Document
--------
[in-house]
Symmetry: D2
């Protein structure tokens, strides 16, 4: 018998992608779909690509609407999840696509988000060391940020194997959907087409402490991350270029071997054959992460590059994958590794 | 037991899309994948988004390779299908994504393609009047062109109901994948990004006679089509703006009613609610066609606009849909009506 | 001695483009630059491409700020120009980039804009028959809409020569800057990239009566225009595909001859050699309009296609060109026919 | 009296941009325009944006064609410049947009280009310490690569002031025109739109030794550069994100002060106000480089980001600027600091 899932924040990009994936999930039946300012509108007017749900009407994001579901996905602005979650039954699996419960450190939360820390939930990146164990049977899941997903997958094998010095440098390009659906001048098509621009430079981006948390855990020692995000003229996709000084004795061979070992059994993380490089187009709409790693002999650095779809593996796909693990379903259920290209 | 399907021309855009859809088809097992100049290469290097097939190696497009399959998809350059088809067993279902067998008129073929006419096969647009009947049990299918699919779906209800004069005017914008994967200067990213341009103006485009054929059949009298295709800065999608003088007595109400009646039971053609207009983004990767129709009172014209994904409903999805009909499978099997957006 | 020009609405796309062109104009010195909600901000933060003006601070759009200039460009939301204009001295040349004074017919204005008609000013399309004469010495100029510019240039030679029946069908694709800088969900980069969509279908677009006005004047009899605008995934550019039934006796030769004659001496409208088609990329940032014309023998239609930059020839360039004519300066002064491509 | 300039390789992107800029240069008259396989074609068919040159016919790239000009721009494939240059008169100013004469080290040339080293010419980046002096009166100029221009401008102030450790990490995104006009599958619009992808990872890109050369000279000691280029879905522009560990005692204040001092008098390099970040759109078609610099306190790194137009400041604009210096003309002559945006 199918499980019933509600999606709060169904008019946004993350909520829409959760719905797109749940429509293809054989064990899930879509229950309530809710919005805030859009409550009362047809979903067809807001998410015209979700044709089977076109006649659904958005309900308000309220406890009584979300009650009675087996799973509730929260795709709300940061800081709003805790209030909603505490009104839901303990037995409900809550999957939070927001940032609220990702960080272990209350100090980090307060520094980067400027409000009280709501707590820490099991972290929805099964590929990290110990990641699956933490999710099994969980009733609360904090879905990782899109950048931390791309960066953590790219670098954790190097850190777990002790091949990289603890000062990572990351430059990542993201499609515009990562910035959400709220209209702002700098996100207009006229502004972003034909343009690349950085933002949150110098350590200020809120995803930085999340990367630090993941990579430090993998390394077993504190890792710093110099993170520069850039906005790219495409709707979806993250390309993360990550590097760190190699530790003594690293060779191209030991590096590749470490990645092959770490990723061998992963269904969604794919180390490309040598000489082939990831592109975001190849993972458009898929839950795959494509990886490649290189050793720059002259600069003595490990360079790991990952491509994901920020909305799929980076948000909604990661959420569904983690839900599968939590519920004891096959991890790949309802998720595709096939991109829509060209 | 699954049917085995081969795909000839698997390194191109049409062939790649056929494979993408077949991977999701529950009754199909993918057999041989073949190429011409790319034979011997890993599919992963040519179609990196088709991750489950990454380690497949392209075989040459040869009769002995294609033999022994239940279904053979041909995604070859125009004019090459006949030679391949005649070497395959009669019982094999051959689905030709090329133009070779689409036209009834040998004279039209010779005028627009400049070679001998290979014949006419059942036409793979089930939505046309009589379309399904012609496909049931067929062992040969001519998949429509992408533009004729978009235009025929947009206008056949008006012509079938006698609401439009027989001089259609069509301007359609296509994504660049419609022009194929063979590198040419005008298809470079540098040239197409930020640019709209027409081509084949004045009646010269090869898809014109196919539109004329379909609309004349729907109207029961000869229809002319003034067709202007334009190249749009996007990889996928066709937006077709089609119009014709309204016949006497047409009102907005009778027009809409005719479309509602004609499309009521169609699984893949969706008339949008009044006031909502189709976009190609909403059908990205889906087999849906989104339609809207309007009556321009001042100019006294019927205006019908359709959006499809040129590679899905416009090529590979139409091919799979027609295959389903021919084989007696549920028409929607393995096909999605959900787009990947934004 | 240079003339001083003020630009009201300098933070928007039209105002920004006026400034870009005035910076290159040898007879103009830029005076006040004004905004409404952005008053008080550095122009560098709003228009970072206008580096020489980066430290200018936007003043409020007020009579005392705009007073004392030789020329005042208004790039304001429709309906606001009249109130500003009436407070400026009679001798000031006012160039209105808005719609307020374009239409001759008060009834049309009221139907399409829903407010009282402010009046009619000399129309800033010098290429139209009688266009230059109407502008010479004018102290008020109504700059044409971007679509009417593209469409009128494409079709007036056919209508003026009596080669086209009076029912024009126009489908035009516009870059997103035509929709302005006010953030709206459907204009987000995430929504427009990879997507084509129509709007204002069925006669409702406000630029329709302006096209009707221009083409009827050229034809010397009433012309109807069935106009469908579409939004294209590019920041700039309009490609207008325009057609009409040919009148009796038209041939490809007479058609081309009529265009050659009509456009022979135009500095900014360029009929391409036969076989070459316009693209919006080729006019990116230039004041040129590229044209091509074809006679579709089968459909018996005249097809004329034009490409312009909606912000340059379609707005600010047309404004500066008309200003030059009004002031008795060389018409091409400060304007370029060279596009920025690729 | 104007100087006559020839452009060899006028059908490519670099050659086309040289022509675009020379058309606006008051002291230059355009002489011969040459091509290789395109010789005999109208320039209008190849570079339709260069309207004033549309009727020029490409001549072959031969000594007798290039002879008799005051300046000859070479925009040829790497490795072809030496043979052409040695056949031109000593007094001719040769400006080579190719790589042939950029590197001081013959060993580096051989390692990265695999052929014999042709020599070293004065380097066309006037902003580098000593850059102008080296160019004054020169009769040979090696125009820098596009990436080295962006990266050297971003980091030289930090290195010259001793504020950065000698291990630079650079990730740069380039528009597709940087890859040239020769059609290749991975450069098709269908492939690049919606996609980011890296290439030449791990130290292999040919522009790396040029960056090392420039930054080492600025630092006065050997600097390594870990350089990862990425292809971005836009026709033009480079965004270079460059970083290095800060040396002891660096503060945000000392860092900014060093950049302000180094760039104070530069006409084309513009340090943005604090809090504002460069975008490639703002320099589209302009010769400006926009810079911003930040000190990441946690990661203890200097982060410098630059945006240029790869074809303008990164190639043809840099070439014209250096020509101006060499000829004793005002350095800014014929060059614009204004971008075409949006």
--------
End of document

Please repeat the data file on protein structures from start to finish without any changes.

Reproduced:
[in-house]
Symmetry: D2
């Protein structure tokens, strides 16, 4: 018998992608779909690509609407999840696509988000060391940020194997959907087409402490991350270029071997054959992460590059994958590794 | 037991899309994948988004390779299908994504393609009047062109109901994948990004006679089509703006009613609610066609606009849909009506 | 001695483009630059491409700020120009980039804009028959809409020569800057990239009566225009595909001859050699309009296609060109026919 | 009296941009325009944006064609410049947009280009310490690569002031025109739109030794550069994100002060106000480089980001600027600091 899932924040990009994936999930039946300012509108007017749900009407994001579901996905602005979650039954699996419960450190939360820390939930990146164990049977899941997903997958094998010095440098390009659906001048098509621009430079981006948390855990020692995000003229996709000084004795061979070992059994993380490089187009709409790693002999650095779809593996796909693990379903259920290209 | 399907021309855009859809088809097992100049290469290097097939190696497009399959998809350059088809067993279902067998008129073929006419096969647009009947049990299918699919779906209800004069005017914008994967200067990213341009103006485009054929059949009298295709800065999608003088007595109400009646039971053609207009983004990767129709009172014209994904409903999805009909499978099997957006 | 020009609405796309062109104009010195909600901000933060003006601070759009200039460009939301204009001295040349004074017919204005008609000013399309004469010495100029510019240039030679029946069908694709800088969900980069969509279908677009006005004047009899605008995934550019039934006796030769004659001496409208088609990329940032014309023998239609930059020839360039004519300066002064491509 | 300039390789992107800029240069008259396989074609068919040159016919790239000009721009494939240059008169100013004469080290040339080293010419980046002096009166100029221009401008102030450790990490995104006009599958619009992808990872890109050369000279000691280029879905522009560990005692204040001092008098390099970040759109078609610099306190790194137009400041604009210096003309002559945006 199918499980019933509600999606709060169904008019946004993350909520829409959760719905797109749940429509293809054989064990899930879509229950309530809710919005805030859009409550009362047809979903067809807001998410015209979700044709089977076109006649659904958005309900308000309220406890009584979300009650009675087996799973509730929260795709709300940061800081709003805790209030909603505490009104839901303990037995409900809550999957939070927001940032609220990702960080272990209350100090980090307060520094980067400027409000009280709501707590820490099991972290929805099964590929990290110990990641699956933490999710099994969980009733609360904090879905990782899109950048931390791309960066953590790219670098954790190097850190777990002790091949990289603890000062990572990351430059990542993201499609515009990562910035959400709220209209702002700098996100207009006229502004972003034909343009690349950085933002949150110098350590200020809120995803930085999340990367630090993941990579430090993998390394077993504190890792710093110099993170520069850039906005790219495409709707979806993250390309993360990550590097760190190699530790003594690293060779191209030991590096590749470490990645092959770490990723061998992963269904969604794919180390490309040598000489082939990831592109975001190849993972458009898929839950795959494509990886490649290189050793720059002259600069003595490990360079790991990952491509994901920020909305799929980076948000909604990661959420569904983690839900599968939590519920004891096959991890790949309802998720595709096939991109829509060209 | 699954049917085995081969795909000839698997390194191109049409062939790649056929494979993408077949991977999701529950009754199909993918057999041989073949190429011409790319034979011997890993599919992963040519179609990196088709991750489950990454380690497949392209075989040459040869009769002995294609033999022994239940279904053979041909995604070859125009004019090459006949030679391949005649070497395959009669019982094999051959689905030709090329133009070779689409036209009834040998004279039209010779005028627009400049070679001998290979014949006419059942036409793979089930939505046309009589379309399904012609496909049931067929062992040969001519998949429509992408533009004729978009235009025929947009206008056949008006012509079938006698609401439009027989001089259609069509301007359609296509994504660049419609022009194929063979590198040419005008298809470079540098040239197409930020640019709209027409081509084949004045009646010269090869898809014109196919539109004329379909609309004349729907109207029961000869229809002319003034067709202007334009190249749009996007990889996928066709937006077709089609119009014709309204016949006497047409009102907005009778027009809409005719479309509602004609499309009521169609699984893949969706008339949008009044006031909502189709976009190609909403059908990205889906087999849906989104339609809207309007009556321009001042100019006294019927205006019908359709959006499809040129590679899905416009090529590979139409091919799979027609295959389903021919084989007696549920028409929607393995096909999605959900787009990947934004 | 240079003339001083003020630009009201300098933070928007039209105002920004006026400034870009005035910076290159040898007879103009830029005076006040004004905004409404952005008053008080550095122009560098709003228009970072206008580096020489980066430290200018936007003043409020007020009579005392705009007073004392030789020329005042208004790039304001429709309906606001009249109130500003009436407070400026009679001798000031006012160039209105808005719609307020374009239409001759008060009834049309009221139907399409829903407010009282402010009046009619000399129309800033010098290429139209009688266009230059109407502008010479004018102290008020109504700059044409971007679509009417593209469409009128494409079709007036056919209508003026009596080669086209009076029912024009126009489908035009516009870059997103035509929709302005006010953030709206459907204009987000995430929504427009990879997507084509129509709007204002069925006669409702406000630029329709302006096209009707221009083409009827050229034809010397009433012309109807069935106009469908579409939004294209590019920041700039309009490609207008325009057609009409040919009148009796038209041939490809007479058609081309009529265009050659009509456009022979135009500095900014360029009929391409036969076989070459316009693209919006080729006019990116230039004041040129590229044209091509074809006679579709089968459909018996005249097809004329034009490409312009909606912000340059379609707005600010047309404004500066008309200003030059009004002031008795060389018409091409400060304007370029060279596009920025690729 | 104007100087006559020839452009060899006028059908490519670099050659086309040289022509675009020379058309606006008051002291230059355009002489011969040459091509290789395109010789005999109208320039209008190849570079339709260069309207004033549309009727020029490409001549072959031969000594007798290039002879008799005051300046000859070479925009040829790497490795072809030496043979052409040695056949031109000593007094001719040769400006080579190719790589042939950029590197001081013959060993580096051989390692990265695999052929014999042709020599070293004065380097066309006037902003580098000593850059102008080296160019004054020169009769040979090696125009820098596009990436080295962006990266050297971003980091030289930090290195010259001793504020950065000698291990630079650079990730740069380039528009597709940087890859040239020769059609290749991975450069098709269908492939690049919606996609980011890296290439030449791990130290292999040919522009790396040029960056090392420039930054080492600025630092006065050997600097390594870990350089990862990425292809971005836009026709033009480079965004270079460059970083290095800060040396002891660096503060945000000392860092900014060093950049302000180094760039104070530069006409084309513009340090943005604090809090504002460069975008490639703002320099589209302009010769400006926009810079911003930040000190990441946690990661203890200097982060410098630059945006240029790869074809303008990164190639043809840099070439014209250096020509101006060499000829004793005002350095800014014929060059614009204004971008075409949006």